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New York State Paid Family Leave Program Takes Effect

Occupational injuries often warrant time off from work to recover. In 2015, the median number of days injured workers spent away from work came out to eight. But what if an employee needs to recover from childbirth or take care of an ailing family member? Now, New York State has ensured those employees will be provided for, thanks to the new paid family leave program, launched January 1, 2018.

New York State employees will now be able to take time off from work to care for their newborn, adopted, or foster child, as well as a sick parent or a family member who is deploying for military service, without completely sacrificing their paycheck. Employees are allowed to take up to eight weeks of paid leave in 2018. The wage displacement for this year is intended to cover 50% of an employee’s salary, but this percentage will increase each year until 2022, when 67% of an employee’s wages will be covered (and they can take a possible 12 weeks off from work). However, these payments are capped at the state average, which is $652.96 per week.

Full-time employees are eligible for the program as long as they work 20 hours per week for 26 straight weeks. Part-time employees are also eligible, even if they work less than 20 hours a week, after 175 work days. Workers must notify their employer at least 30 days prior to leave, unless it’s an emergency situation, to take advantage of the program. The majority of employers are required to participate in the program unless they obtain a waiver; some workers can obtain a waiver to opt out if they do not meet eligibility regulations.

The program is funded by payroll deductions from employees themselves, but no one will see a big change in their take-home pay. Deductions for 2018 come out to 0.126% of weekly wages.

This is all excellent news for New York employees. Since postpartum depression occurs in nearly 15% of births, for new parents, there are a lot of benefits to programs like these, including reduced rates of postpartum depression and healthier infants overall, according to advocacy groups and policymakers. Parents will also have more time to bond with their children, and for working moms who choose to breastfeed, they may receive more time to do so without having to pump or switch to formula. Since 26.8% of survey respondents in 2015 said they expressed breast milk five to 15 times per week, this could make a big impact on mothers who want to give their children every possible physical and mental advantage. Plus, paid family leave gives new dads the opportunity to stay home with their kids — a luxury many fathers don’t often receive.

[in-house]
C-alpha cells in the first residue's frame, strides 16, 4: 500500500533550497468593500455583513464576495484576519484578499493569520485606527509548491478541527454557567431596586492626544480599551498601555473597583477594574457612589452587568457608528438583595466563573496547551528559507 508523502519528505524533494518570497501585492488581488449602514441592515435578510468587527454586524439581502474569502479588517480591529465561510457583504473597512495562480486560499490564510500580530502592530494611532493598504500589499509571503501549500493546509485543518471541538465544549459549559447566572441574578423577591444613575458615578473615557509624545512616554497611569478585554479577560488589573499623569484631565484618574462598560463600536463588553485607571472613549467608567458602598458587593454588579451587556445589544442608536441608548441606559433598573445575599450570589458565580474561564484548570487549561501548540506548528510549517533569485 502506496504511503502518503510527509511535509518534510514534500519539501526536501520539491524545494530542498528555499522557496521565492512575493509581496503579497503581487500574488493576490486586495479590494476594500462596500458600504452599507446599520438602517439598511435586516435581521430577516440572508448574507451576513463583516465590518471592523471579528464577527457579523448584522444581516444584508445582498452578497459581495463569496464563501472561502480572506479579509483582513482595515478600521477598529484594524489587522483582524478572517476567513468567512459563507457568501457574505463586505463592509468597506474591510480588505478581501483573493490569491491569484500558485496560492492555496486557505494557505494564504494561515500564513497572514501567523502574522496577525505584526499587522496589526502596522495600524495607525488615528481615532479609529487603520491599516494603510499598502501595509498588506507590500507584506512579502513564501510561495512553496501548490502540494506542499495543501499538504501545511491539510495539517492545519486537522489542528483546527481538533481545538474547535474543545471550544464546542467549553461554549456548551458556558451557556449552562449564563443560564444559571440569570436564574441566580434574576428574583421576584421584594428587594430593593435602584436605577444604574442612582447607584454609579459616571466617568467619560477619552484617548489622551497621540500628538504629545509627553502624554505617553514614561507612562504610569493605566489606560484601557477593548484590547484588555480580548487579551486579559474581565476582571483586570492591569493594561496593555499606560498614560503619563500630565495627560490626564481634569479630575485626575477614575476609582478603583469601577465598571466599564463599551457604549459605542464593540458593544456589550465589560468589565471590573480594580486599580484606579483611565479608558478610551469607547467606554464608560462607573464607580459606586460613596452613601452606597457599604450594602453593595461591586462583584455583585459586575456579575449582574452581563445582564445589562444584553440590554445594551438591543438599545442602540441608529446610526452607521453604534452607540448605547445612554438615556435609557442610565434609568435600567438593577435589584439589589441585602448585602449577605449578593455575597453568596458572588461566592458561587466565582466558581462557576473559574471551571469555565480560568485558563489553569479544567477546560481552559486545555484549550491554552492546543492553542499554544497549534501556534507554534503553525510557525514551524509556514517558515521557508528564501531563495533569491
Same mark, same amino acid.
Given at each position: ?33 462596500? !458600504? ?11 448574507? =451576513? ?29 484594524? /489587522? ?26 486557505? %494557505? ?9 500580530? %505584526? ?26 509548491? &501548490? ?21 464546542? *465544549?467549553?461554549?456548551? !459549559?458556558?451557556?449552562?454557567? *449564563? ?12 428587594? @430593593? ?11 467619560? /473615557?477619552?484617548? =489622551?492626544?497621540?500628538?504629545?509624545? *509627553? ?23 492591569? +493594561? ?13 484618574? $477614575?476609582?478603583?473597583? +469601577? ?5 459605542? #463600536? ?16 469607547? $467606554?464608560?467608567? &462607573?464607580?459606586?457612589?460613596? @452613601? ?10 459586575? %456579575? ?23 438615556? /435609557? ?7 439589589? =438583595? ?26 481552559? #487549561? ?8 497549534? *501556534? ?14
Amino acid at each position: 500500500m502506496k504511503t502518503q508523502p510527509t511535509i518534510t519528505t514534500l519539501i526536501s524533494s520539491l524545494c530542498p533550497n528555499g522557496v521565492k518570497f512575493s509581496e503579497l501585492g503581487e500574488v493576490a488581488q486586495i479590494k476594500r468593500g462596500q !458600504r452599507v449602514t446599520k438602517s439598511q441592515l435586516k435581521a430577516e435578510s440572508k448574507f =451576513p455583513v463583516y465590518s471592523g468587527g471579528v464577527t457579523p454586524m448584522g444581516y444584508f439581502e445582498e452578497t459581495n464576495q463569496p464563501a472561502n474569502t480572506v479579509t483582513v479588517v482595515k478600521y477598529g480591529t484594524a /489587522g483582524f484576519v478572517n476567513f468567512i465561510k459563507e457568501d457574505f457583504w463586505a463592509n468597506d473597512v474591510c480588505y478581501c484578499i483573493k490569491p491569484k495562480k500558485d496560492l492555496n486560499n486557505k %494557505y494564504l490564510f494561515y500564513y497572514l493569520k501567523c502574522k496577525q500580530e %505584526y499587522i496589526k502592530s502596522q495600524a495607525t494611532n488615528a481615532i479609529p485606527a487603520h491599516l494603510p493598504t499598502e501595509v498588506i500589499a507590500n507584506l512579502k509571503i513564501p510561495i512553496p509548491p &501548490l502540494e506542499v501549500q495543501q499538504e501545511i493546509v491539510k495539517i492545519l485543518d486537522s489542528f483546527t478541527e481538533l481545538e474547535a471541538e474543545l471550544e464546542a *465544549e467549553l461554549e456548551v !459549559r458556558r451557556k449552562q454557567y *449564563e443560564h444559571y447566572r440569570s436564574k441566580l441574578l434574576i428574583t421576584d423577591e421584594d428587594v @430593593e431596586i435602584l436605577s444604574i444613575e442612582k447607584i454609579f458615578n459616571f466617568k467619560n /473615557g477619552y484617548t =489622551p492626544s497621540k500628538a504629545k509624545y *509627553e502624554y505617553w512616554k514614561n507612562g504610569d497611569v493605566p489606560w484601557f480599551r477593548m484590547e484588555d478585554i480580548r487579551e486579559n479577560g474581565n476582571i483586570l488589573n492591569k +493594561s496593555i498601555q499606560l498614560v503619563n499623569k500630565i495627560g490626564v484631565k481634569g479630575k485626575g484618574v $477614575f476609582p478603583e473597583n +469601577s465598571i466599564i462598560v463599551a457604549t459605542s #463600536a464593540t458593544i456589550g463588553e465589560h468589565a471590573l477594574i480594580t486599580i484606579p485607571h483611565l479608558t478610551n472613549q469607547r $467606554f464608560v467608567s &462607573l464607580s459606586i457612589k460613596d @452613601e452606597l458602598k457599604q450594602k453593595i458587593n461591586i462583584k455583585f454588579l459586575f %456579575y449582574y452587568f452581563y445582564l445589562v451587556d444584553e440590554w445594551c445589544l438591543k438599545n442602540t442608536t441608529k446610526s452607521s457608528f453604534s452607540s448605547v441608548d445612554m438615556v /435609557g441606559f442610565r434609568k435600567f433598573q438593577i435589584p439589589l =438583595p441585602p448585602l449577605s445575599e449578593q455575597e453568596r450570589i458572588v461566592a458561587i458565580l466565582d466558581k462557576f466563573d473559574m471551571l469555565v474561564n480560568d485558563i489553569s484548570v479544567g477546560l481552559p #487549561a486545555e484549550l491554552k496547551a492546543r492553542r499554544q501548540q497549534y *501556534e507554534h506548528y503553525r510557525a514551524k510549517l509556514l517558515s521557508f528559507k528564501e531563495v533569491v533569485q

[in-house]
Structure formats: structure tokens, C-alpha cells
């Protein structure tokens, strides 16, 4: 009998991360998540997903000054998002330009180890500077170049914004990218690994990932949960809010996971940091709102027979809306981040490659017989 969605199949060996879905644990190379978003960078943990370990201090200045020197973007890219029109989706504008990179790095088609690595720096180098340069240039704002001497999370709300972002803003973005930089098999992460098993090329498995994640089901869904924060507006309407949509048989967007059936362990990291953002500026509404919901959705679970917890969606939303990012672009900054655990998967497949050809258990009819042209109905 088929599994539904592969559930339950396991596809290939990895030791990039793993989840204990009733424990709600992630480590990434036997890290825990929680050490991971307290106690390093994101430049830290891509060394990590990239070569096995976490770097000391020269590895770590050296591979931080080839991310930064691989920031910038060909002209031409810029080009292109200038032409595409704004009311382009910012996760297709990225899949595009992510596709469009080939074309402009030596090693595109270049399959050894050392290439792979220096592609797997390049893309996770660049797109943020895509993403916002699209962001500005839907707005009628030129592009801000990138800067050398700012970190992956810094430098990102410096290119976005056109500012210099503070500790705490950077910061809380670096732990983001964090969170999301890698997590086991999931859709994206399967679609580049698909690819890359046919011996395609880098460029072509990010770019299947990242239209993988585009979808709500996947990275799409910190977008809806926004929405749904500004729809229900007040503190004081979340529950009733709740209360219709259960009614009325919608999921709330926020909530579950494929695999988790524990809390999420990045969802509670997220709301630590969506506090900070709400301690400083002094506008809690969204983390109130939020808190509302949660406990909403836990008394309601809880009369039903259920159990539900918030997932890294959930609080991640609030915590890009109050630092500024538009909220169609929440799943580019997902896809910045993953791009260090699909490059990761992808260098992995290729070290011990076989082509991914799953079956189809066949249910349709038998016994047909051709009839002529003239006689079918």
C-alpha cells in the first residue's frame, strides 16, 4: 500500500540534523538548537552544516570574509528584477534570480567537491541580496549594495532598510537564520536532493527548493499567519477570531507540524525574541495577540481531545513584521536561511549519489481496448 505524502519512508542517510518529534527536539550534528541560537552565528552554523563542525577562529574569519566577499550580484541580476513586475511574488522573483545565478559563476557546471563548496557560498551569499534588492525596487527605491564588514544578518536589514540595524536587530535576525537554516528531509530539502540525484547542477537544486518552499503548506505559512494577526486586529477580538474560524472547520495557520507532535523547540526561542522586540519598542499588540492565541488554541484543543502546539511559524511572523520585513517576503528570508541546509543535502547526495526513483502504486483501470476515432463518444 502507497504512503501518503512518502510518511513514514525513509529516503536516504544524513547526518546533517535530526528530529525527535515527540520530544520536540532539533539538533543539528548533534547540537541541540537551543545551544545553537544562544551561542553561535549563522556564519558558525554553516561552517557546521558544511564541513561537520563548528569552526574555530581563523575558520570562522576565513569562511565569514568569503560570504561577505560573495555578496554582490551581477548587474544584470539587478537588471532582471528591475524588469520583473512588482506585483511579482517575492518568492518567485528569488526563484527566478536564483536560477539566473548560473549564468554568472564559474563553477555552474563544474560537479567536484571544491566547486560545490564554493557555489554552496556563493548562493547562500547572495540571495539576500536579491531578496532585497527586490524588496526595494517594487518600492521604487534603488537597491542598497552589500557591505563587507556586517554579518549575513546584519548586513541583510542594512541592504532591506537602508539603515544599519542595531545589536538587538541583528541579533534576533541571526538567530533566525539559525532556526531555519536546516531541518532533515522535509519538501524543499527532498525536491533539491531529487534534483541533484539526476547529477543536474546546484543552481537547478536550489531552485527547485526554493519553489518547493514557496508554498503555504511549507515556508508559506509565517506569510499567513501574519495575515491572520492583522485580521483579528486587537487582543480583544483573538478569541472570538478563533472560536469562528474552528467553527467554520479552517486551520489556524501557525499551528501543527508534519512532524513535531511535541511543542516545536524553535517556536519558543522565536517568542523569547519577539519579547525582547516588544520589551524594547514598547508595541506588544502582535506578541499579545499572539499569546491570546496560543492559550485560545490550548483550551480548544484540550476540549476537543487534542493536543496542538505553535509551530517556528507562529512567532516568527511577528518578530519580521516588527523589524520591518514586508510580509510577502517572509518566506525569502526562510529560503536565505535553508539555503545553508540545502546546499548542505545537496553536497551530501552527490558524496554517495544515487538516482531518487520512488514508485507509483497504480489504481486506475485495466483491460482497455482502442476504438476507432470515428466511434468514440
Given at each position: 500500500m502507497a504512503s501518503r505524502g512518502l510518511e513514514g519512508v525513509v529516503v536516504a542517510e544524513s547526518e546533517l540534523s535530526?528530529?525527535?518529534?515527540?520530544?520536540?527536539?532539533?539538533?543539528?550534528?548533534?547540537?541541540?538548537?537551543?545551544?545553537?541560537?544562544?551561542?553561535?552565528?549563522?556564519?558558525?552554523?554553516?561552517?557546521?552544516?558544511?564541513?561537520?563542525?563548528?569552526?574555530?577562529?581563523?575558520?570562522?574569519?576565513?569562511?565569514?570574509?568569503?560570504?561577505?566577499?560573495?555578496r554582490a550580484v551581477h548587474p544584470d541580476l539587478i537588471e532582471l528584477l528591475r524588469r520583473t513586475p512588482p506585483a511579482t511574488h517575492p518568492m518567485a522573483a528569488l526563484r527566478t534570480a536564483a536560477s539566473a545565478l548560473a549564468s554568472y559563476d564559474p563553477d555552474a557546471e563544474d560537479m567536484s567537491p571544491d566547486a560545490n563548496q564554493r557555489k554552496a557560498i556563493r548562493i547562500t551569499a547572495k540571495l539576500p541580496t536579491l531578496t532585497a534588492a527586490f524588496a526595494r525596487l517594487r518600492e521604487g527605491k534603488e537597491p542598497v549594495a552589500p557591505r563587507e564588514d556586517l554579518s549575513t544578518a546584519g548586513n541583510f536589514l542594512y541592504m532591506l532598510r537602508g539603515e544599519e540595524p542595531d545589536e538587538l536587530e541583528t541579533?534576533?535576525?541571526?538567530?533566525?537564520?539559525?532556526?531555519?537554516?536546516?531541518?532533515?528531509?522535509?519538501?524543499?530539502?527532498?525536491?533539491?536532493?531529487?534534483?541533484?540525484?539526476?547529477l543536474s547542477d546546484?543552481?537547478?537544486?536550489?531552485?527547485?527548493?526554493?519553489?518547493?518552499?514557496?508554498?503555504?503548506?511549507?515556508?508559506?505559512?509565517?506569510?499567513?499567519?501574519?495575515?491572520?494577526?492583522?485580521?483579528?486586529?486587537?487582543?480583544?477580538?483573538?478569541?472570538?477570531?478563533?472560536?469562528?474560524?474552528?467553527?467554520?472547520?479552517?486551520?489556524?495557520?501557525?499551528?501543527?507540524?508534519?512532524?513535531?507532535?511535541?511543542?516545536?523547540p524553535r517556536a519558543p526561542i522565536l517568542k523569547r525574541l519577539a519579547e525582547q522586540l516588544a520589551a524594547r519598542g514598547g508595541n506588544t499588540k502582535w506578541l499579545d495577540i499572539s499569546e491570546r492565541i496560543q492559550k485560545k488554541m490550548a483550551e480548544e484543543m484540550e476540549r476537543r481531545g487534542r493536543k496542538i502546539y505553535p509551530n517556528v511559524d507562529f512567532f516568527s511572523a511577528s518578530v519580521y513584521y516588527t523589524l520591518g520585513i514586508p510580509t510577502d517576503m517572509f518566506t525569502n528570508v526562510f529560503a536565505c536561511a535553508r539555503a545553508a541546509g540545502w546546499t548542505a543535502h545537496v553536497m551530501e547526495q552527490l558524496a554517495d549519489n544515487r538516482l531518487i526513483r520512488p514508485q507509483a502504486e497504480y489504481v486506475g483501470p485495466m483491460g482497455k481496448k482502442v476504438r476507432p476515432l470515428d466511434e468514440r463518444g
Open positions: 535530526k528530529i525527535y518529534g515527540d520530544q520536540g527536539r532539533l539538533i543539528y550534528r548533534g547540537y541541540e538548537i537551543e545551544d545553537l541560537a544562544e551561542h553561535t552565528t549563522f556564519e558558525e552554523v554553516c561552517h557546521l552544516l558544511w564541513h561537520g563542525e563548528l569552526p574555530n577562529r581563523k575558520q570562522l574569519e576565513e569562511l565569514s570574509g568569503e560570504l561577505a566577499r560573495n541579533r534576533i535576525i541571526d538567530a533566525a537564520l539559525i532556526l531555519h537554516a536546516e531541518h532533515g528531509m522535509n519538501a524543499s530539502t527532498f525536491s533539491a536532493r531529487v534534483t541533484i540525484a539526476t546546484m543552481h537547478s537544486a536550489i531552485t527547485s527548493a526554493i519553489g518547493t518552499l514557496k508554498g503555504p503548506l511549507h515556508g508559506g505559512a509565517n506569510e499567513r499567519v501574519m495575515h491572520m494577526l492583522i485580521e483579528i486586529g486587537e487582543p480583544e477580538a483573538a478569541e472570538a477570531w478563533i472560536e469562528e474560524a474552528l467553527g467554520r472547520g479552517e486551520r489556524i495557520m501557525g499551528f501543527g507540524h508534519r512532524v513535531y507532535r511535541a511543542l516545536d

The program may actually be a positive for employers, too. Those who are able to take advantage of paid family leave are more likely to have increased job satisfaction. In an age when company loyalty is hard to come by, this can actually result in reduced turnover and its associated costs. That said, the program does have its opponents who say that it could present harm to small businesses, in particular. Although these businesses don’t have to pay for the program directly, the program would theoretically allow a new dad to take every Friday off for 40 weeks. This could cause an administrative burden for employers, but those against the program are likely in the minority.

Upon the announcement of the program’s launch, New York State Governor Andrew Cuomo said, “Our strongest-in-the-nation paid family leave policy will ensure that no one has to choose between losing a job and missing the birth of a child or being able to spend time with a loved one in their final days.”